Jun. 11, 2015

What to Do to Prepare to Sell Your Home - Part 1

Big Grin  THE NAME OF THE GAME IS ORGANIZATION!  Big Grin

Locate and organize all the important papers you'll need to entice a potential buyer. The operating manuals for your appliances and HVAC system, notes about the paint colors you used on your walls, your property survey and any applicable warranties are important to have on hand. They'll show both your listing agent and potential buyers that you have things under control.

While you're at it, pull out your old utility bills. Have your listing agent help you to do yearly estimates of your utilities to inform potential buyers. Your utility totals may help make your home look more appealing than the larger house down the road.

Get estimates. Learn what it it'll cost to replace the stuff in your home that's on its last legs -- like the furnace, roof or water heater. Even if you are not prepared to replace or update worn-out items now, knowing how much doing so will cost you could give you an edge in negotiations. When a potential buyer says that they want $20,000 off the asking price to compensate for these items, you will know an update will only cost half that. Cosmetic issues like holes in drywall and chipped or peeling paint are easy to fix and can make a big difference when you are trying to make a quick sale – so definitely fix those!

Prep your home by repairing the kid damage a prospective buyer can see. As parents, we realize that writing on the walls or in their closets are something that kids occasionally do. Make sure a potential buyer doesn’t see your child’s ‘artwork’. If you don’t have children who have damaged your home – good for you! Move on to the next paragraph.

Pay attention to curb appeal! You want potential buyers to drive by and think that a home one street over is the eye sore – NOT YOURS! If you're planning on listing your home, you have to lure people inside. To do that, you've got to mow the lawn and trim the bushes and trees. Don’t have them notice the jungle and not the house! Remove dead branches from trees, pull weeds, paint fences and fix cracks in the driveway.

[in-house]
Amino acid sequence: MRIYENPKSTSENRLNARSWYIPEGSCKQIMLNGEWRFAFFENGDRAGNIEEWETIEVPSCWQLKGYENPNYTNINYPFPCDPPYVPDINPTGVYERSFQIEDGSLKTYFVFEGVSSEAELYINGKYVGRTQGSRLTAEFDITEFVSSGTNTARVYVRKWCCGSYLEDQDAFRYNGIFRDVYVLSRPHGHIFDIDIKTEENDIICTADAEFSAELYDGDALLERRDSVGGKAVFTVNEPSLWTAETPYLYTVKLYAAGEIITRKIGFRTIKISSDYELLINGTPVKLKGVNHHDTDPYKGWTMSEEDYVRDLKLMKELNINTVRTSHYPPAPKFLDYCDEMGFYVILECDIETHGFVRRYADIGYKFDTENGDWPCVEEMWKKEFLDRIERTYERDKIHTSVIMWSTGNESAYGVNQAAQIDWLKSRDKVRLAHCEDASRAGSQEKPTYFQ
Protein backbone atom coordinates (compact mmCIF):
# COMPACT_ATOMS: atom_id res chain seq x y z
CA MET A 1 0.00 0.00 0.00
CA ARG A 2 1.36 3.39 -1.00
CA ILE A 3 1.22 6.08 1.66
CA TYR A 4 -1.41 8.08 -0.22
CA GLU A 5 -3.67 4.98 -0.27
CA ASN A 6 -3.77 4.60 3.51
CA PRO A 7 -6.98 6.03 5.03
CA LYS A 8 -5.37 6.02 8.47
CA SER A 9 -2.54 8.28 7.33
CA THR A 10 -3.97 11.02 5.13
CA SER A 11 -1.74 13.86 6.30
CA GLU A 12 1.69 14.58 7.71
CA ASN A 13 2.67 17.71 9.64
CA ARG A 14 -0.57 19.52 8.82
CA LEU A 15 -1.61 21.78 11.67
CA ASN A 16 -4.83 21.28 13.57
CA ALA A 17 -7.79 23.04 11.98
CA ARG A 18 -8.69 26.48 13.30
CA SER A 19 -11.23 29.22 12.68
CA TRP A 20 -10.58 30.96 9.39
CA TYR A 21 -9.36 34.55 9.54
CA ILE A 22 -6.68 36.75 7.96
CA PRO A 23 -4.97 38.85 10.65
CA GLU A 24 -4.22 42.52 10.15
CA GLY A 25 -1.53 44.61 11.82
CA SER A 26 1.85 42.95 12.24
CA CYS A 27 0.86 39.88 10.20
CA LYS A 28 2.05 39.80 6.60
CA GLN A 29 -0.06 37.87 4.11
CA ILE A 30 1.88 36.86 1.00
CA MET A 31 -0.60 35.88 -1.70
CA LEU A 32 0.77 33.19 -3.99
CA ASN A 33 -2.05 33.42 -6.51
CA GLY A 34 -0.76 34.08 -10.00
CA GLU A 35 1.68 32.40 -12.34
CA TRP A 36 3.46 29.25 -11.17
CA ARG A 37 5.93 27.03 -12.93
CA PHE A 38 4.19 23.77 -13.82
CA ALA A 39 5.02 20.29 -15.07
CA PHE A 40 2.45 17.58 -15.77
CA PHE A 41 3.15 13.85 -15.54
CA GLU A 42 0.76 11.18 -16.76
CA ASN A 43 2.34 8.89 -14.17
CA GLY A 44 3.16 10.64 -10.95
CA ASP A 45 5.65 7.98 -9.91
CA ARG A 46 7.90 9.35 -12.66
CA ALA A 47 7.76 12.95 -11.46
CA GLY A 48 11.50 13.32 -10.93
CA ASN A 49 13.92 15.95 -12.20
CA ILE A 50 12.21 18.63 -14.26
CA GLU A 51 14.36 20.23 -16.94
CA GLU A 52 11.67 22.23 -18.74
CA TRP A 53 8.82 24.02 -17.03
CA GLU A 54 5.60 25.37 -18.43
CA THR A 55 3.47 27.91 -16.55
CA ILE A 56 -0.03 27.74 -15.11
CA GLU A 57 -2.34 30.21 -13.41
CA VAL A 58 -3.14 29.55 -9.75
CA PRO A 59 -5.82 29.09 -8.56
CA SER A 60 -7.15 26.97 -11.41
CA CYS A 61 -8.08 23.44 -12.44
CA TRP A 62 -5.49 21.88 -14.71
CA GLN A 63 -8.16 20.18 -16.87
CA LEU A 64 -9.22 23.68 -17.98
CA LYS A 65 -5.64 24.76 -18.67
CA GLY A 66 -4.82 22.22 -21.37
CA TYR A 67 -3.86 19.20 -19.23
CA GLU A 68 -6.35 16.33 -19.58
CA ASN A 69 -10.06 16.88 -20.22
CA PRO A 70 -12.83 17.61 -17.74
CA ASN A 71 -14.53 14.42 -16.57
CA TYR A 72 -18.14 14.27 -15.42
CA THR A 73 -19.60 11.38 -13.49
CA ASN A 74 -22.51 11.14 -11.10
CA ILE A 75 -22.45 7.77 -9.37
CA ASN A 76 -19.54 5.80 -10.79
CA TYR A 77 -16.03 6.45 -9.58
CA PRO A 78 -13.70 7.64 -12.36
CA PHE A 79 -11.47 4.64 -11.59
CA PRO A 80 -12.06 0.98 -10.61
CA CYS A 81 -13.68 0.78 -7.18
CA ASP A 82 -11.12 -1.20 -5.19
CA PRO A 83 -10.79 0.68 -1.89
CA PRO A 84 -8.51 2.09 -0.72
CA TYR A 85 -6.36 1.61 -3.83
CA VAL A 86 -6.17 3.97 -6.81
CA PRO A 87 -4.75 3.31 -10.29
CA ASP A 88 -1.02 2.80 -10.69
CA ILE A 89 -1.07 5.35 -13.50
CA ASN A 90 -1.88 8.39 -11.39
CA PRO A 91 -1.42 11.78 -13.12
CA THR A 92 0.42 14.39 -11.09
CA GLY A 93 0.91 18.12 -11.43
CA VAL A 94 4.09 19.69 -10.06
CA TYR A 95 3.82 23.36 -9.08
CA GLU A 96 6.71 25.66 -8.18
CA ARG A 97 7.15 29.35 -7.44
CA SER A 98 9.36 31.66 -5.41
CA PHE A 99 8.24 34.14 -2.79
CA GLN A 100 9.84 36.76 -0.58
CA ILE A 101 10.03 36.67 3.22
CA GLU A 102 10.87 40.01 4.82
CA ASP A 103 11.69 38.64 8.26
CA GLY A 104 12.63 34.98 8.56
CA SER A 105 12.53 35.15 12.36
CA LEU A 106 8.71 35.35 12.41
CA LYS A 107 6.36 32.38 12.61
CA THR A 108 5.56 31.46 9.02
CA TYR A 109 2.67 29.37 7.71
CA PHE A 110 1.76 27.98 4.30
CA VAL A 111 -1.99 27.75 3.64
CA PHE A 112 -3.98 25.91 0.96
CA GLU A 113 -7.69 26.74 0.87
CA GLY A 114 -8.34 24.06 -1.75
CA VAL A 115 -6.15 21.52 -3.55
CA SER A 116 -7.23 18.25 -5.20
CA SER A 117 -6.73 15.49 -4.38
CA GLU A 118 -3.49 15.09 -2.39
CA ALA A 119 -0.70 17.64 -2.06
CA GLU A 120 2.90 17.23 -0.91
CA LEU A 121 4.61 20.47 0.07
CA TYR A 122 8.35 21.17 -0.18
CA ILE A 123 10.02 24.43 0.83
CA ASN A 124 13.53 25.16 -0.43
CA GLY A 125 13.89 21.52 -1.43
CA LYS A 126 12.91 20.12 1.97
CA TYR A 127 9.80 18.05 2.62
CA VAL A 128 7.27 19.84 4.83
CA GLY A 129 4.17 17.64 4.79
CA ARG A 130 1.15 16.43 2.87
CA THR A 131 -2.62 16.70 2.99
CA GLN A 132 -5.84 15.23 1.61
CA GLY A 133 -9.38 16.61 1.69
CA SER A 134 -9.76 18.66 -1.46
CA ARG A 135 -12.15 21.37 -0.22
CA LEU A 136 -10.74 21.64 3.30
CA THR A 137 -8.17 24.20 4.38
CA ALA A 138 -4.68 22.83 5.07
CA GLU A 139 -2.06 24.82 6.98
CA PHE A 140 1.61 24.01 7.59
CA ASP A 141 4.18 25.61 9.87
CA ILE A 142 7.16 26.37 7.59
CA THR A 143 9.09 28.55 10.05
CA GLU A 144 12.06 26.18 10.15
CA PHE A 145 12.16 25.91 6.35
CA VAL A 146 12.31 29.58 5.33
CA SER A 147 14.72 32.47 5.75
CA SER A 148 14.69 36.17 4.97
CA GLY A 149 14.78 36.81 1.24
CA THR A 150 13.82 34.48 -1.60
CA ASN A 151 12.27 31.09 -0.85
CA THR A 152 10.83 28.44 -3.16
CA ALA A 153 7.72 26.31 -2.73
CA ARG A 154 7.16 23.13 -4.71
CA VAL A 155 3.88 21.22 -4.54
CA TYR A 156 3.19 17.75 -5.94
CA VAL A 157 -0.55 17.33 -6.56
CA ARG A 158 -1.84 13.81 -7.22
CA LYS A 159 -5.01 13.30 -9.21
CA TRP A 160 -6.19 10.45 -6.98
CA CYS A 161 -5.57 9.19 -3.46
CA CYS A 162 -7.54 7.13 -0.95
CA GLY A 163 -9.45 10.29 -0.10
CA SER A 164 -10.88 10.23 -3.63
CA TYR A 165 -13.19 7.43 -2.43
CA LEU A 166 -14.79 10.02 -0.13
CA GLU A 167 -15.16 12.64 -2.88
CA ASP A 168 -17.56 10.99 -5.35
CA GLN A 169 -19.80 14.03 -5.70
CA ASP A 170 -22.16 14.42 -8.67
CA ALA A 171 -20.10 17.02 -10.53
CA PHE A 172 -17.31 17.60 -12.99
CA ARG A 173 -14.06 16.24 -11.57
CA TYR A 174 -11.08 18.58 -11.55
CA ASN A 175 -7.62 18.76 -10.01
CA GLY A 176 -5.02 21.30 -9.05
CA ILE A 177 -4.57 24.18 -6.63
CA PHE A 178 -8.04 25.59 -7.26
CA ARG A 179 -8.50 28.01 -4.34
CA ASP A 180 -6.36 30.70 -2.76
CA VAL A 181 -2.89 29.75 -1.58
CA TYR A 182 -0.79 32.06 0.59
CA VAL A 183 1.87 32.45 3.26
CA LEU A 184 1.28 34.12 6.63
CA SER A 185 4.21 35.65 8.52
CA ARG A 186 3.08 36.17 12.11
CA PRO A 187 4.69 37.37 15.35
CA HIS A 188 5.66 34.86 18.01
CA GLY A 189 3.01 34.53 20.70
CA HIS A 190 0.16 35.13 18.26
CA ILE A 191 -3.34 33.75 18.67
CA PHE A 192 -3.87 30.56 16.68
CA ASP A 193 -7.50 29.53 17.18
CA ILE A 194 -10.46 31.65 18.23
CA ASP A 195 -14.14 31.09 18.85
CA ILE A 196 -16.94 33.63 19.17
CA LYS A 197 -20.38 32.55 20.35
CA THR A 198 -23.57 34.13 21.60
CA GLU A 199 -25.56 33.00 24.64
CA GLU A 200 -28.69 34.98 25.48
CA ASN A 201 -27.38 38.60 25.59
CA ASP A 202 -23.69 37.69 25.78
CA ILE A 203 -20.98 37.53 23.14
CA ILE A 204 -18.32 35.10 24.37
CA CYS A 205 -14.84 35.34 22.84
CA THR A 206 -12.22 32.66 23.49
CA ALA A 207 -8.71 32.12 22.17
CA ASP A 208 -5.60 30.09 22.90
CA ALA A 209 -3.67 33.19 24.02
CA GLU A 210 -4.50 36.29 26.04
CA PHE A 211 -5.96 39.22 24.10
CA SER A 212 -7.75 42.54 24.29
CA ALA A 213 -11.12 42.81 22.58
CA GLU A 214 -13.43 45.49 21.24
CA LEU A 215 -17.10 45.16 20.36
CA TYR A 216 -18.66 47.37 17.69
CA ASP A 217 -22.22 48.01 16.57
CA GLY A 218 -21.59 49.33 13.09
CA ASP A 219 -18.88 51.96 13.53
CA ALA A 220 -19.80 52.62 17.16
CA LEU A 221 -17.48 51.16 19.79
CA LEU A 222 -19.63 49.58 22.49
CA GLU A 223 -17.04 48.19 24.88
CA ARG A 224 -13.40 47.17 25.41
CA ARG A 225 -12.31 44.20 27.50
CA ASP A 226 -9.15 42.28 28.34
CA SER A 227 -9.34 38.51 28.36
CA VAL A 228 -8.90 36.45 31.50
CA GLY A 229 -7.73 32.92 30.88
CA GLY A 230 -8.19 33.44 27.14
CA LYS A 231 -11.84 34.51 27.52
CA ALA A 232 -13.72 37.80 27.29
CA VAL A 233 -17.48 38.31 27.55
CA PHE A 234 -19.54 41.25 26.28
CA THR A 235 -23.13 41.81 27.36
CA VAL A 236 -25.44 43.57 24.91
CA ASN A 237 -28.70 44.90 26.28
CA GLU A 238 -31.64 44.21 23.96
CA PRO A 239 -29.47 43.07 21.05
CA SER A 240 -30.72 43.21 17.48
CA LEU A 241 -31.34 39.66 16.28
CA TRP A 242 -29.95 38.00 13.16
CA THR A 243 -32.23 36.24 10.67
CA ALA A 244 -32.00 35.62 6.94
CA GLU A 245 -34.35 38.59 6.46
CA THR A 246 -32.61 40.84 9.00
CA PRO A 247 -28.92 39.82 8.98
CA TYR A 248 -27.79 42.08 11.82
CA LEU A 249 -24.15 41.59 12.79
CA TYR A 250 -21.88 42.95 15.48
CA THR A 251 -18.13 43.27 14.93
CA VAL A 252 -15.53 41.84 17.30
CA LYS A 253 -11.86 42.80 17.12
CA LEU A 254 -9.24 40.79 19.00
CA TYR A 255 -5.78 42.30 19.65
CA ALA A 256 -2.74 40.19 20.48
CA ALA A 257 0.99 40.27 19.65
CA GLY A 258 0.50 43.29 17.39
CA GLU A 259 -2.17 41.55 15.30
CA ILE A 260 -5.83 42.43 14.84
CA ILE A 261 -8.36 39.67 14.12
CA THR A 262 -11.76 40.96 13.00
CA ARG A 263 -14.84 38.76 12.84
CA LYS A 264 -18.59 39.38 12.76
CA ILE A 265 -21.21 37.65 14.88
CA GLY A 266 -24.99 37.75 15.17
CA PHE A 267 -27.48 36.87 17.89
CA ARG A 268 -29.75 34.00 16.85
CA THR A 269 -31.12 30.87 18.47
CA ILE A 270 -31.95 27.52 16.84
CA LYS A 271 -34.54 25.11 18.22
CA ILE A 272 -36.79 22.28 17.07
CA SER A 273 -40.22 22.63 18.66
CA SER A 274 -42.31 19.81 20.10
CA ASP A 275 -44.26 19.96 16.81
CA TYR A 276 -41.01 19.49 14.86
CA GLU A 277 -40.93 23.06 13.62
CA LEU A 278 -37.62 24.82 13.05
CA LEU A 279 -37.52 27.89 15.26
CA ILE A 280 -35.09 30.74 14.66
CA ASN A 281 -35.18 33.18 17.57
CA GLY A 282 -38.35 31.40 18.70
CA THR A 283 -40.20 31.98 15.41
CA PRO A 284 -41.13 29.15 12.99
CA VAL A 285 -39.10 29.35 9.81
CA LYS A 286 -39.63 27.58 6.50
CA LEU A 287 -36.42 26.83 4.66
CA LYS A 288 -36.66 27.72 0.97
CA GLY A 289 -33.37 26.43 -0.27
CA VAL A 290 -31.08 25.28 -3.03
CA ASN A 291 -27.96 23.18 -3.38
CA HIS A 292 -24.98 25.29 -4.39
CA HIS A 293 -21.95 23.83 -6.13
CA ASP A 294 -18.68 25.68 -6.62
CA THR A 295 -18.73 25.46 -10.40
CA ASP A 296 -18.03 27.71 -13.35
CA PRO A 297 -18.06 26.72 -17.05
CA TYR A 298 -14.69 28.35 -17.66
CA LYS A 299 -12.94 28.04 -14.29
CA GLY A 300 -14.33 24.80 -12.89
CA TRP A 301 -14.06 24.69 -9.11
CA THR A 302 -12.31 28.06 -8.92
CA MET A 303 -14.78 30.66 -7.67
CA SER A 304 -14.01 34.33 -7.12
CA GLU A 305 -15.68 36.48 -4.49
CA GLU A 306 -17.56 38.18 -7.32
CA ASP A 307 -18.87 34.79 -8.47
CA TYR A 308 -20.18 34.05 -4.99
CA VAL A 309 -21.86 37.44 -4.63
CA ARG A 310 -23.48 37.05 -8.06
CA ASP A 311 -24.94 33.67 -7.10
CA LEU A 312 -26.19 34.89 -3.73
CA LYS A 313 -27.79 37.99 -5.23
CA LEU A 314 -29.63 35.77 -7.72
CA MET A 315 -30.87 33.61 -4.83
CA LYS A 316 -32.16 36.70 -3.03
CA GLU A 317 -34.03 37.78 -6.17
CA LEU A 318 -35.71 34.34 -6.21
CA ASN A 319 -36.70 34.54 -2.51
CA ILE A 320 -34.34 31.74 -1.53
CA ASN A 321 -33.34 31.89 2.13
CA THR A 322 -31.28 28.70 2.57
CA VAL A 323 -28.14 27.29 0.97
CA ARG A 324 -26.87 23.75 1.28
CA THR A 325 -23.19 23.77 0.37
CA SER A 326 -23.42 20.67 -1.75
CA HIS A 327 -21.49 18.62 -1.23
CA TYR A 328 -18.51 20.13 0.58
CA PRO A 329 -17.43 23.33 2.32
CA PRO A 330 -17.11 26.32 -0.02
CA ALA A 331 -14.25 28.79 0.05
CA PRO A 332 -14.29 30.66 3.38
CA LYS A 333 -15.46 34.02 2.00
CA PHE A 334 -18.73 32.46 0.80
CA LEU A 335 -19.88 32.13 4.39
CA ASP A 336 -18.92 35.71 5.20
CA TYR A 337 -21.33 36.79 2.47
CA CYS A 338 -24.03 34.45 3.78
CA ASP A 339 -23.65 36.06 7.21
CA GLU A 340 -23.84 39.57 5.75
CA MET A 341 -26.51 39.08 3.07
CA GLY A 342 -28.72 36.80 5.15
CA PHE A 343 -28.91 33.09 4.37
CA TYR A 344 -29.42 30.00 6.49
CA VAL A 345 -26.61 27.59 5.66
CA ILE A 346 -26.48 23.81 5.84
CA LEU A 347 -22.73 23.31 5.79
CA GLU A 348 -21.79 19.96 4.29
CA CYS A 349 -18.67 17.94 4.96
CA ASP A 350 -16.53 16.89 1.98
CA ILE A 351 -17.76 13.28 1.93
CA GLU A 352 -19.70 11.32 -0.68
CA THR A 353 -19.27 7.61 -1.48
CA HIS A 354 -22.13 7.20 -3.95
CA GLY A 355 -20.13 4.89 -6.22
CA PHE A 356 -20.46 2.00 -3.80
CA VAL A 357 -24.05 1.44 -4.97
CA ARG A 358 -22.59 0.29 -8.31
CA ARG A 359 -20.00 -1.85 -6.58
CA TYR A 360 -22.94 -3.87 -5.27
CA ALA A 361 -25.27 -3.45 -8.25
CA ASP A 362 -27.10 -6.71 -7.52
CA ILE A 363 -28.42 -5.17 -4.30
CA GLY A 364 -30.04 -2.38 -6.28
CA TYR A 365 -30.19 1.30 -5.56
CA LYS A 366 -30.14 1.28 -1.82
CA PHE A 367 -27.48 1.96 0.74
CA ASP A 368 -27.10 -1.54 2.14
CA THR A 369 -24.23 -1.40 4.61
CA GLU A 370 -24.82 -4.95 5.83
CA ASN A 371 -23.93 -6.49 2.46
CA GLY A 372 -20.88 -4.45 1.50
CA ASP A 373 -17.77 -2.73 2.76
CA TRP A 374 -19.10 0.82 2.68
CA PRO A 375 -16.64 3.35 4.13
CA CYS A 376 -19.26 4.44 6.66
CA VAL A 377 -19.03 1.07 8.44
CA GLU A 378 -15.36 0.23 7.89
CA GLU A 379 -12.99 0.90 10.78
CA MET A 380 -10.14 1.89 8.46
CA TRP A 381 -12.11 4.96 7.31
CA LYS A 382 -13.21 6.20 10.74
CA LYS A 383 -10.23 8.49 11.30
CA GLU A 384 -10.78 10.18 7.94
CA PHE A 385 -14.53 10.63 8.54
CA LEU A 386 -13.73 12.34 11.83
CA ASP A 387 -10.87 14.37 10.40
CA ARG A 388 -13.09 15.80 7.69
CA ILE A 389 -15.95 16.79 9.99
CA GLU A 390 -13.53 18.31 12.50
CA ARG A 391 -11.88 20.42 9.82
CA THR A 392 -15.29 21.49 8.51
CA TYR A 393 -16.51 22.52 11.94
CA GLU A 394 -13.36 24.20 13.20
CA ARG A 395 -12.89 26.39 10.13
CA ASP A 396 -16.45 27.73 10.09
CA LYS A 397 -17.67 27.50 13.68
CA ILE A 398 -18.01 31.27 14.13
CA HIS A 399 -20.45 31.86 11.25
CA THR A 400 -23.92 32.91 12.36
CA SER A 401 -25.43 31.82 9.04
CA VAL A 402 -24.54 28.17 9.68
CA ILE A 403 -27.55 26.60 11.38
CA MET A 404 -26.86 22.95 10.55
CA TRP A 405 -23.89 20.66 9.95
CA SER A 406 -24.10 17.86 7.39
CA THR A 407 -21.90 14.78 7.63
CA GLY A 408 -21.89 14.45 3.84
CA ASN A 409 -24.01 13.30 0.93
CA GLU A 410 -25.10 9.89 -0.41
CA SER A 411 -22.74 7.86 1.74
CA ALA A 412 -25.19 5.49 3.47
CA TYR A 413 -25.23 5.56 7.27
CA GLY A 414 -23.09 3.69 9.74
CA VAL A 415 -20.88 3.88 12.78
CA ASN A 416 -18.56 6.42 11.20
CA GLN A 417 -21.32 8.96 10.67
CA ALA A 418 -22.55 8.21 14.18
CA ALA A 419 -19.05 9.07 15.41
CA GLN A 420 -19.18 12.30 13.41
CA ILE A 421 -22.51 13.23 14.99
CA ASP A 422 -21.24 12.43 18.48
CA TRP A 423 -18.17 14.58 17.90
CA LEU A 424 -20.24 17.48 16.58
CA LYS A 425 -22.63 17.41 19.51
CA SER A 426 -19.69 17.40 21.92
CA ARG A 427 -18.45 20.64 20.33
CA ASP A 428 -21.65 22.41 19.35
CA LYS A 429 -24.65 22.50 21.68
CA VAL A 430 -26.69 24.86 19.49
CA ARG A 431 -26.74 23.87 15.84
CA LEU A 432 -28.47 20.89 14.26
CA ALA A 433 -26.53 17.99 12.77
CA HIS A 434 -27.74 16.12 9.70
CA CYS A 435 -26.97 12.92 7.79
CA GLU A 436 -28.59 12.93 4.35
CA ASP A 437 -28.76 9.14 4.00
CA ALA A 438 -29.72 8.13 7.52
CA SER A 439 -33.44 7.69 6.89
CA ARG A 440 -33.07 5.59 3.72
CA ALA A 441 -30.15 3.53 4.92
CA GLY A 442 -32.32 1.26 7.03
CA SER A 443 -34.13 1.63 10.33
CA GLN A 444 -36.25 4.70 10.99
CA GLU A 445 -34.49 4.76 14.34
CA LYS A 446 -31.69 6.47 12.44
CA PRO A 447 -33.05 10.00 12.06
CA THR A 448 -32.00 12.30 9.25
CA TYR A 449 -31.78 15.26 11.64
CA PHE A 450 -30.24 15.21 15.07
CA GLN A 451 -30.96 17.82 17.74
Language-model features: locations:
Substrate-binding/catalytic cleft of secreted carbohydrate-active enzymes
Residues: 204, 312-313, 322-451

Organize and de-clutter your home. Go through your belongings. If most of your possessions are from the 1980’s, decluttering your home will be easy. Get the number for the junkyard, or call Goodwill, they will usually come and pick up old furniture items for you. If there are some items that are actually worth the cost of a moving van, keep those and just get rid of the rest. Rent a storage unit if you need to if you are still living in your home while you are trying to sell it. Decluttered homes show better.

Ideally, your rooms should look open and organized. Realtors and potential buyers will think your home is spacious! If not, prepare for a long listing and a low offer – if you receive one at all.

Can’t de-clutter on your own? A GOOD listing agent will pay for a stager to come in for an hour to give you some staging advice – using your own possessions. Pay attention and take their advice. Staged homes sell faster and generally for more money. Many buyers don’t have that vision. Staging a home creates a clear vision for a potential buyer. If that vision is clear (de-cluttered) and enticing, a buyer will respond with an offer (usually a higher offer), because this is a home they don’t want to lose.